Everyone has a favorite holiday. Mine is Halloween. I decorate the house inside and out. I spend tireless hours on costumes. I await my first haunted house of the season with eager anticipation. I’ve always liked this holiday, but it wasn’t until after Drew died that it became something I appreciated more deeply.
Just 4 months after he died, my first Halloween without him arrived. I had no energy for costumes or decorating. I was still a complete wreck. But I did do one thing still - I went to a haunted house with one of my oldest friends. It was the first time to do anything of tradition without him.
When my friend and I entered the world of this dark and creepy place… something really incredible happened for me. For the 20 minutes or so we were inside, I was not a widow. I was just... me. Running scared and laughing with my friend through a house of horrors. Yep. Laughing! And feeling deeply alive. As we came bolting out the exit, the euphoric adrenaline was unforgettable. It was one of the first things that gave me proof that I indeed could still FEEL all these wonderful things. Because trust me, I was so broken that I was honestly scared to death that I would never be able to feel true joy ever again. I had a very literal fear of this. And that night as I came out of the haunted house, I realized I could indeed still laugh and still feel joy - even doing things I loved with him. It was a glimmer of hope that maybe, just maybe, I could make it through this. Just maybe, I would be okay.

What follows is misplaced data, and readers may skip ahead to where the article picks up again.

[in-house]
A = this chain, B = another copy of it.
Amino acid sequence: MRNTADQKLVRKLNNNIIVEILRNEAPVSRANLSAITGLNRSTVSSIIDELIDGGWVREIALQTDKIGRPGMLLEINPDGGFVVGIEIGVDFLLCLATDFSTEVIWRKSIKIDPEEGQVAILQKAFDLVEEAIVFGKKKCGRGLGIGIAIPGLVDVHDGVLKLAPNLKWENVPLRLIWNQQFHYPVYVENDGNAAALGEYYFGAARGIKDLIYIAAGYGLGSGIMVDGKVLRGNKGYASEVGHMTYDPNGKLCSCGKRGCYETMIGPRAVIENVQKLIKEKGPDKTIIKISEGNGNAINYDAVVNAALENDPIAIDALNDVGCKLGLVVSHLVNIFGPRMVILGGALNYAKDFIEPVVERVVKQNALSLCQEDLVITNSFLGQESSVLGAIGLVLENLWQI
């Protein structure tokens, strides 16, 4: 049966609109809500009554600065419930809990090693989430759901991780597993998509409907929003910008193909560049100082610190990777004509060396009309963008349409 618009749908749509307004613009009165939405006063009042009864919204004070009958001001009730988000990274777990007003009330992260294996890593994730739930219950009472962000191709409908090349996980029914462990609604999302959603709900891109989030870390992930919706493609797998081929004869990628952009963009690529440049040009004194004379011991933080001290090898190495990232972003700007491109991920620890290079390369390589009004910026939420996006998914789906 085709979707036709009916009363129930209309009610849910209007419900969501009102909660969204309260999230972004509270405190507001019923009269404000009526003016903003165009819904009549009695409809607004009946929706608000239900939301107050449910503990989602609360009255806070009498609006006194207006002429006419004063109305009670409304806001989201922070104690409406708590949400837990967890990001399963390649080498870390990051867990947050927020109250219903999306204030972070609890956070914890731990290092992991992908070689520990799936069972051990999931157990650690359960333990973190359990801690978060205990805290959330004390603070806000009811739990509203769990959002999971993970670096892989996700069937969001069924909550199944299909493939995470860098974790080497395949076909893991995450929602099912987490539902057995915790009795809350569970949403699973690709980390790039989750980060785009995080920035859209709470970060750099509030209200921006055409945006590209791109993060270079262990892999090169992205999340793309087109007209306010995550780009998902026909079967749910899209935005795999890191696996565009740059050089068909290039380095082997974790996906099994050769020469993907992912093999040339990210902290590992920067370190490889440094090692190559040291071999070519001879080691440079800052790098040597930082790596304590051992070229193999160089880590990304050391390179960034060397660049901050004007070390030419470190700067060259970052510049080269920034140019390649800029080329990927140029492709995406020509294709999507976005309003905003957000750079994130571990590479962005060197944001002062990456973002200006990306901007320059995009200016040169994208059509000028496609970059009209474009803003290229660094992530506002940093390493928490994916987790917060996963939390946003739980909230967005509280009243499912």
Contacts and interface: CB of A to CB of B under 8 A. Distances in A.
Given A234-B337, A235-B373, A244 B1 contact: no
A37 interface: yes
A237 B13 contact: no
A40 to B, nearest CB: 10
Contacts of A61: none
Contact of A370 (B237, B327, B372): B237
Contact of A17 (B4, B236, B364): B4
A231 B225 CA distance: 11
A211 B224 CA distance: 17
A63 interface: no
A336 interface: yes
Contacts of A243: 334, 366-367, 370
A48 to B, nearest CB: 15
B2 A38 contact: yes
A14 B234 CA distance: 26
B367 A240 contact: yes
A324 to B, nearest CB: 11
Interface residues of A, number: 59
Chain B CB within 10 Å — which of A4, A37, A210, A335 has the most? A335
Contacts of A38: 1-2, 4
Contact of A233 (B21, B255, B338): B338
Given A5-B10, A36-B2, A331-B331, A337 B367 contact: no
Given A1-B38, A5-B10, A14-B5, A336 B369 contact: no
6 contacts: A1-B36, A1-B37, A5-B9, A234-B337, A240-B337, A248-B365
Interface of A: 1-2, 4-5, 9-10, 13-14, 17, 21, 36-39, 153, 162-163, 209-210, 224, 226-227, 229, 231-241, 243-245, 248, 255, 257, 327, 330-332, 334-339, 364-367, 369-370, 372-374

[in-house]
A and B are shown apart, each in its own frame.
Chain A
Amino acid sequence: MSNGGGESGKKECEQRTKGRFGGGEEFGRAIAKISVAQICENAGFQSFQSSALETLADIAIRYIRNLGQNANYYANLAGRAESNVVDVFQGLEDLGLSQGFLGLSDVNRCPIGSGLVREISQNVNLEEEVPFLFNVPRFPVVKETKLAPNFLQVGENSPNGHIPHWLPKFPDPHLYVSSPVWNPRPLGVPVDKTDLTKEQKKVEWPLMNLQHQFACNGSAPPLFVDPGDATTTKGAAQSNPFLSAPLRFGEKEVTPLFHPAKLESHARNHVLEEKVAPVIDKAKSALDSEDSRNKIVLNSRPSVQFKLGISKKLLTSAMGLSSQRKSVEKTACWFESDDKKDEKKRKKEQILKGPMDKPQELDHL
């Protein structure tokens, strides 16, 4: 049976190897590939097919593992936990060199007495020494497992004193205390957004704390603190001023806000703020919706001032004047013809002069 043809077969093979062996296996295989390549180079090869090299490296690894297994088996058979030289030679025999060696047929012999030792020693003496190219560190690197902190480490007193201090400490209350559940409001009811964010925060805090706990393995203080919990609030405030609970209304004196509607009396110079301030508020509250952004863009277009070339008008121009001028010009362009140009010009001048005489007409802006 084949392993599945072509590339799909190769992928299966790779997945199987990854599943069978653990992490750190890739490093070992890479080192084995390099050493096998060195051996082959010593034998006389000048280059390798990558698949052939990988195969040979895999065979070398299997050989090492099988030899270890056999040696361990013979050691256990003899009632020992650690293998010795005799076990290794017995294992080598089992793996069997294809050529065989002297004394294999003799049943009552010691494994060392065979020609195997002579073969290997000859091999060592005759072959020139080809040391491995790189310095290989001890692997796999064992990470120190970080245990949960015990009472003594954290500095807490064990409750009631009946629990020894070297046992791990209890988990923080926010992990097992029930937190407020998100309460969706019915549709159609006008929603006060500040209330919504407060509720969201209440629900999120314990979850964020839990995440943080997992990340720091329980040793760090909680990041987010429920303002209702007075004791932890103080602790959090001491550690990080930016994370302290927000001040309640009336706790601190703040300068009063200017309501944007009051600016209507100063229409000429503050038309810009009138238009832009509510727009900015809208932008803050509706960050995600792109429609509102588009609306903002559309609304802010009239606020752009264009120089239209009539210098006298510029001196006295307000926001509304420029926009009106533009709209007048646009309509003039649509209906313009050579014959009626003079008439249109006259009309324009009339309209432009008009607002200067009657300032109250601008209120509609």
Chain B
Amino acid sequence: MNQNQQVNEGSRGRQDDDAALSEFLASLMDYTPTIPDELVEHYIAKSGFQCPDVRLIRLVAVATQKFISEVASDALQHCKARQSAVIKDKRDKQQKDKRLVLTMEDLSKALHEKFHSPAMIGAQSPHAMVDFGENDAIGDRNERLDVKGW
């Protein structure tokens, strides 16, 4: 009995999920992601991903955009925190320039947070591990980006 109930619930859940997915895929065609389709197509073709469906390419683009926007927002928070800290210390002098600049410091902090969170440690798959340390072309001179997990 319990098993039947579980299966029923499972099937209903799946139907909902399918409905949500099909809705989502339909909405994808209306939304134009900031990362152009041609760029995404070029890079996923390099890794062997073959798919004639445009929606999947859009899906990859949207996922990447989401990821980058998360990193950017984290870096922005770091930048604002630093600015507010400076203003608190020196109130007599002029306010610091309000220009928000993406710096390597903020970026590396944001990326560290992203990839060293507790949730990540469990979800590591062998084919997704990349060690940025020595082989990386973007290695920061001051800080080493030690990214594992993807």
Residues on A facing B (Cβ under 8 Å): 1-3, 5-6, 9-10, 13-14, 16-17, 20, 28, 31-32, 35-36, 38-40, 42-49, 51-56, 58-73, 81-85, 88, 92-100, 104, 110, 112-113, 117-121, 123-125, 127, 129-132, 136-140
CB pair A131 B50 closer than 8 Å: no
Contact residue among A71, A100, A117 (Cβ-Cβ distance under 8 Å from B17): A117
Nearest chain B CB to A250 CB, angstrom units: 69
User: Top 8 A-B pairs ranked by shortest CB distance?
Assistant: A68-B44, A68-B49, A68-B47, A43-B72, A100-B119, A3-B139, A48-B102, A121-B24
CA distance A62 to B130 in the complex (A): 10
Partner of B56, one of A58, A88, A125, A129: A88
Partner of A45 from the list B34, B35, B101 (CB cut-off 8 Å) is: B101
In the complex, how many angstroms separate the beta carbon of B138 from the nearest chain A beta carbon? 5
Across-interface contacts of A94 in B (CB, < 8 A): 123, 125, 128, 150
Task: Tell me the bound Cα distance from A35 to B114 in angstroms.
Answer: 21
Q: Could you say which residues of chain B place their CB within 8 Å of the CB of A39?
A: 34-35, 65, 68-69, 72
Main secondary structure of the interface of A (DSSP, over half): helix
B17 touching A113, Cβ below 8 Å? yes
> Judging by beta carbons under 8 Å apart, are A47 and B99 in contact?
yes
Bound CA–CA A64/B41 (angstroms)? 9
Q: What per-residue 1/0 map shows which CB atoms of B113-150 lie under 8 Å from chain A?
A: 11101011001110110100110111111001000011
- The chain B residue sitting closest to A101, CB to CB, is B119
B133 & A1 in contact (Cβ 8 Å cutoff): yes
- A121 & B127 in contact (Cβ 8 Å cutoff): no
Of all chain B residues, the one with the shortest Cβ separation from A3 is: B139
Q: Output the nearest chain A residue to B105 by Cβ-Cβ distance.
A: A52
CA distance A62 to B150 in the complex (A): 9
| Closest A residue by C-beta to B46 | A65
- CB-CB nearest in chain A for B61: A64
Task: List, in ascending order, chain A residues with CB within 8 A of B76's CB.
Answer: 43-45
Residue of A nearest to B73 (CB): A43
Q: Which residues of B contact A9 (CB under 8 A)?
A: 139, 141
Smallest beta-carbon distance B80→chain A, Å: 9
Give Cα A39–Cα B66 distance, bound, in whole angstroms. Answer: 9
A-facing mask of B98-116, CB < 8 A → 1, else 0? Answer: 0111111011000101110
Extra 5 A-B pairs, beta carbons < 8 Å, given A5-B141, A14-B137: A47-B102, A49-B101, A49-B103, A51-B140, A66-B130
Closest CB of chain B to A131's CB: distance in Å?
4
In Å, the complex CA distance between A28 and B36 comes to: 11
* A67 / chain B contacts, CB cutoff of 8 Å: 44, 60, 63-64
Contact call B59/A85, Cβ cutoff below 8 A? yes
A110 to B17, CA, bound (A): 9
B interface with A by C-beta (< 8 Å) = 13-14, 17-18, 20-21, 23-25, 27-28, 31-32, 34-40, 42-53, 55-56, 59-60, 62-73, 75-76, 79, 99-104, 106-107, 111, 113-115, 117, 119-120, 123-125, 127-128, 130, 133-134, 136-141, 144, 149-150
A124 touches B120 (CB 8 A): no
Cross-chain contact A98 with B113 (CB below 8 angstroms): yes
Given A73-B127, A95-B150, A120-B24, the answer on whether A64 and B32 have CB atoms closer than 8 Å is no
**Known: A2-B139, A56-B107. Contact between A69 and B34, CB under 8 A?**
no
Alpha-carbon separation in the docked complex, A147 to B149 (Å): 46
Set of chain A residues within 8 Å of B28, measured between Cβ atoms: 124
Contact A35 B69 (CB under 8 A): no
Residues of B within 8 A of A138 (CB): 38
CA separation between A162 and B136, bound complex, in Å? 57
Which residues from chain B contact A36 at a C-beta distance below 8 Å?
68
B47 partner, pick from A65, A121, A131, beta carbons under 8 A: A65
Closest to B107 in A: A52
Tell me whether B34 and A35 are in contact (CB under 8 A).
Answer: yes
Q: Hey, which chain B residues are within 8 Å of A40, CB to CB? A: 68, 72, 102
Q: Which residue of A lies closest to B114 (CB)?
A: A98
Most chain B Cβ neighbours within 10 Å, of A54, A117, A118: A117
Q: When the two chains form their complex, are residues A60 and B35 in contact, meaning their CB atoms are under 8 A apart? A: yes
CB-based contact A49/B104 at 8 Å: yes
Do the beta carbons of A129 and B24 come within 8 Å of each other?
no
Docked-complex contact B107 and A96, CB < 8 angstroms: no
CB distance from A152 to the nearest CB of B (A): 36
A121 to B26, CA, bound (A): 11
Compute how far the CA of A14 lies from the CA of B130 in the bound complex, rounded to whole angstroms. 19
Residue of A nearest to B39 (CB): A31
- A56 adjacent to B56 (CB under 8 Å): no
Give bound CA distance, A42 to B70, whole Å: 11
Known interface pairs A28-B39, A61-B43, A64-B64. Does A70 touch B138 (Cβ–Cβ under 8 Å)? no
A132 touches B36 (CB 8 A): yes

My new partner Mike and I went to a haunted house last night, and as it always does, it took me back in time and had me reflecting back...
Just like every time I go to a haunted house, last night, I awaited with giddiness the scares that were coming my way. I also thought back to that year he died. I thought back to how broken I was, and what a blessing it was to feel just like everyone else for a short time. What a treasure it was to forget my pain for a little while and realize I could still live in the present moment. It’s a reminder to me of how far I’ve come since that year, and to be grateful for the fact that my life has begun to be more and more “normal” each year. More and more filled with life and laughter and love again, and less and less with pain. A reminder that my fiance is still right here and part of it all too, because I always feel close to him when celebrating Halloween the way he and I loved to.
These days, with Mike’s daughter, I even get to create fun new memories for her to look back on when she grows up. Memories of making all our costumes and decorating every square inch of the house and creating an entire cemetery in our front yard. Some of the grave stones even have Drew and Megan’s (her mom/Mike’s wife) names on them, because we know they would love the dark humor of that so much.
Lastly, my favorite thing about Halloween is that I feel like it’s a time when our culture is less judgy about death being put front and center - quite literally. I mean, if I could have my house full of potions and skulls and my front yard as a cemetery ALL year long, believe me I would. And even though for most people these things are silly, they’re much more than that for me. They’re a reminder to let death and humor intermingle. A reminder to be inventive, to think in new ways, and to make space in my life to honor my loved ones through the joy of humor and creativity. For me, this really is the time of year I feel closest to my loved ones that have died - my fiance and my parents. It’s a time when I feel like they are right beside me, enjoying the demented humor of it all. A time when death becomes a little bit lighter and their souls and mine feel a little bit closer.
Most of all, it’s a reminder for me to bring that sense of play into the rest of the year too. It’s so easy to forget to welcome silliness in when we are grieving, but I’ve found it to be such a crucial part of healing. If nothing else, if gives us a break from the heaviness of our pain. And it reminds me that I'm still even able to be silly and feel joy, even in small moments.